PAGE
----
US Pressure – A Guide for the Perplexed
http://www.news1.co.il/Archive/003-D-40868-00.html?tag=19-56-48, September 09, 2009
Fact: In 1950, the US Administration pressured Israel to refrain from Jewish construction in Jerusalem and from declaring Jerusalem the capital of Israel – Prime Minister Ben Gurion built, relocated government agencies and thousands of immigrants to Jerusalem and declared Jerusalem the capital of the Jewish State. In 1967, the US Administration pressured against annexation of East Jerusalem – Prime Minister Eshkol annexed, reunited Jerusalem, and built the formidable Ramat Eshkol neighborhood. In 1970, the US Administration pressured Israel to relinquish control over parts of Jerusalem – Prime Minister Golda Meir constructed the neighborhoods of Gilo, Ramot and Neveh Yaakov (current population over 100,000!). The US Administration pressured, Israel constructed, Jerusalem expanded and the Jewish State earned strategic respect.
Fact: In 1948, the US Department of State, Pentagon and CIA pressured Ben Gurion to avoid a declaration of independence. In 1961, President Kennedy pressured to stop the construction of Israel's nuclear reactor in Dimona. In 1967, President Johnson pressured against pre-empting the Egypt-Syria-Jordan military offensive. In 1977, President Carter pressured Prime Minister Begin to abstain from direct negotiation with President Sadat and participate – instead – in an international conference, focusing on the Palestinian issue and Jerusalem. In 1981, President Reagan pressured Prime Minister Begin against bombing Iraq's nuclear reactor. Defiance of pressure entails short-term cost but enhances long-term national security. Submission to pressure exacerbates pressure. Fending off pressure is required, in order to attain strategic goals. Avoiding pressure – through concessions - leads to departure from strategic goals.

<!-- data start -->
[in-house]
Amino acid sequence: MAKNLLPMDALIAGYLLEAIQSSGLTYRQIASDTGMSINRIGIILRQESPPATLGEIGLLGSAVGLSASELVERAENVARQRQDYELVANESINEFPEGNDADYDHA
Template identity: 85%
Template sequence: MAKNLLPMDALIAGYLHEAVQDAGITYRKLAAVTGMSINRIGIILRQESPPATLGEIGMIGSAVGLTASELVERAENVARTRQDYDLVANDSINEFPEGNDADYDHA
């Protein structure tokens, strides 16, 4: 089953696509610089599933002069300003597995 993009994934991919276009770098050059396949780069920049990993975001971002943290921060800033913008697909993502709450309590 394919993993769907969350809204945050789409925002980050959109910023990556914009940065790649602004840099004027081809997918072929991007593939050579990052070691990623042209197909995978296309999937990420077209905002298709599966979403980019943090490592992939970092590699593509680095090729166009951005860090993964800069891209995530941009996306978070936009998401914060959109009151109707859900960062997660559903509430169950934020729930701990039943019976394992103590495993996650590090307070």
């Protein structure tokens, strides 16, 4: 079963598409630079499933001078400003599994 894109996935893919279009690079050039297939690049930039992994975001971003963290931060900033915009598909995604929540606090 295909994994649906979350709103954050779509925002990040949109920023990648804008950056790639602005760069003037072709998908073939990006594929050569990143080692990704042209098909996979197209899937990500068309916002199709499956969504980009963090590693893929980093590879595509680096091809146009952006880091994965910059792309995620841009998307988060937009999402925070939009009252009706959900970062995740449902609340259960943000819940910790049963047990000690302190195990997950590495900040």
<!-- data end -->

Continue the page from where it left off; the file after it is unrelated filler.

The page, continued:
Fact: US public and Congressional support of Israel is robust. "The Rasmussen Report" documents a 70% support (Aug. 10, 2009) and "Gallup" ranks Israel as the fourth-favored ally (March 3, 2009). 71 Senators signed an August 10, 2009 letter calling upon President Obama to shift pressure from Israel to Arab countries. The Democratic Chairman of the House Foreign Relations Committee, Howard Berman, called upon Obama to end his preoccupation with settlements. The Democratic Majority Leader, Steny Hoyer, resents Obama's opposition to Jewish construction in East Jerusalem. The strongest (Democratic) Senator, Daniel Inouye, Chairman of the Appropriations Committee, is the most effective supporter of the US-Israel connection since 1948. Obama cannot get his legislative agenda without Inouye's support. While Congress has reservations about Israel's settlements policy, Congress opposes sanctions against Israel.
Fact: Following the 1991 Gulf War, Israel asked for emergency assistance, which Bush/Baker rejected, Congress supported and Israel received $650MN in cash and $700MN in military systems. In 1990, Bush/Baker attempted to cut 5% of the foreign aid to Israel because of Israel's settlement activities. Congress opposed the cut and the initiative was rescinded. The Legislature and the Executive are equal-in-power and fully independent of each other. The US Congress has been a systematic bastion of support of the Jewish State since before 1948.
Fact: President Obama has been transformed from a coattail President to an anchor-chained President, taking a dive from a 65% approval rating in January to less than 50% in September, the sharpest decline in recent decades, other than President Ford's (due to his pardon of Nixon). Thus, Democratic House candidates/members are experiencing the lowest ebb in two years, while Republicans enjoy a systematic edge. Obama is confronted by an effective Blue Dog Democratic opposition.
Fact: President Obama exercises psychological pressure against Israel. He cannot exert an effective tangible pressure. He was not elected to uproot Jewish settlements and prevent Jewish construction in Jerusalem. His political future – and that of Democratic legislators – does not depend on these issues. The Arab-Israeli conflict is not among Obama's top priorities, and his position on Israel is not compatible with most Democrats. Obama needs the support of Israel's friends on Capitol Hill, in order to advance his primary domestic and national security/international agendas.